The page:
Amnesty International counted 579 executions in 18 countries in 2021. Although executions rose 20% from the 483 recorded in 2020, the most recent number represents the second lowest figure since 2010.
To determine the countries that allow execution, 24/7 Wall St. reviewed Amnesty International’s Death Penalty 2021: Facts and Figures report to compile a list of countries that carried out executions in 2021. In total, 55 nations still allow for capital punishment, but death penalty cases are often commuted. In several countries, Amnesty International was able to corroborate reports of executions, but could not verify a reliable minimum figure.
Leading all countries were China, Iran, Egypt, Saudi Arabia, and Syria, but China remains by far the world’s leading executioner. Even such, Amnesty notes the extent of executions in the country is unknown as this data is classified as a state secret. Similarly, figures for North Korea and Vietnam are incomplete because of secrecy.
The death penalty also continued to be used in ways that violated international law and standards. For example, there were executions of people who carried out their crimes when they were younger than 18 years of age, or of people with mental or intellectual disabilities, or of those who confessed following torture. Other executions were for crimes that did not meet the “most serious crimes” threshold. For example, there were at least 134 executions for drug-related offenses in China and Iran.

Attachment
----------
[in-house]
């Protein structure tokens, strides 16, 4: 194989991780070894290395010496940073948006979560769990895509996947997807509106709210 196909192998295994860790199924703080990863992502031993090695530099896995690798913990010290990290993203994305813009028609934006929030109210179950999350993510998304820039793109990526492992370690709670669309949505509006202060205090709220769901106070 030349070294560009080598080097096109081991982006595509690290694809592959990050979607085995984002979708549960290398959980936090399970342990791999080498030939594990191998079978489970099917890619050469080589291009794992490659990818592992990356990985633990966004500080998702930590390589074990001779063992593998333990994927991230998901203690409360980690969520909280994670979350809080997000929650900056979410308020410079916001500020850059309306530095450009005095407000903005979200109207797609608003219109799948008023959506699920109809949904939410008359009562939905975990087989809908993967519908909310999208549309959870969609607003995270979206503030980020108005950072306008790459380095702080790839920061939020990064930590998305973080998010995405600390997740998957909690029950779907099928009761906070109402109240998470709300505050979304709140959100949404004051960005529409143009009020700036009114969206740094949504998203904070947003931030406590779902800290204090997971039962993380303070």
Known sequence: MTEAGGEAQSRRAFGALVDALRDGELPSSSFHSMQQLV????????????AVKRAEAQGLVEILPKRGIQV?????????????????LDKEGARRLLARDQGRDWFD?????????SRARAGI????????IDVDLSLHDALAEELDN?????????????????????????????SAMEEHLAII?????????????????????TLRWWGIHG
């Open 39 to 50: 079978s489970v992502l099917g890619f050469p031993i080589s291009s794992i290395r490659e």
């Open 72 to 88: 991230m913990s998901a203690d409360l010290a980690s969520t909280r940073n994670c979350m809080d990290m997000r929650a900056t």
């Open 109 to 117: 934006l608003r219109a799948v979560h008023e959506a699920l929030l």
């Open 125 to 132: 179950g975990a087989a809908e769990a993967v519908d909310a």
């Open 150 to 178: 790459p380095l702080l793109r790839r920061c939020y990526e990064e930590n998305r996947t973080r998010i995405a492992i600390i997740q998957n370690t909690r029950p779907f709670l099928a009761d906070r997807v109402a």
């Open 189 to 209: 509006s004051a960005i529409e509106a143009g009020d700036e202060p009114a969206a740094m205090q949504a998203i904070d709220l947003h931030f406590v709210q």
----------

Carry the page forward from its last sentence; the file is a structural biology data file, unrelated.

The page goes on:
In the U.S., 11 prisoners were executed by lethal injection in 2021. However, capital punishment laws vary by state. The U.S. government and the military retain the death penalty along with 27 states, reports Death Penalty Information Center, a nonprofit organization analyzing capital punishment issues.
The term “capital crime” comes from the Latin word for head – “caput.” A capital offense is, therefore, one where the defendant could lose his or her head. So what qualifies an offense punishable by death in the U.S.? The Bureau of Justice Statistics defines capital punishment as one given “for the most serious crimes.” Congress and state legislatures determine what crimes are eligible for the death penalty, and in modern times, it has been exclusively for murder. (Find out if the death penalty was the end of the most depraved serial killers in history.)
Meanwhile, 144 countries across the globe have abolished the death penalty in their laws or in practice. Of those, a total of 108 countries have fully struck down the death penalty for all crimes, while eight have retained the death penalty only for special purposes. Another 28 are abolitionist in practice, meaning they have the death penalty on the books but have not carried out an execution in 10 years. (Both Norway and Venezuela have abolished the death penalty, but one ranks as the safest and one ranks as the world’s most dangerous country.)
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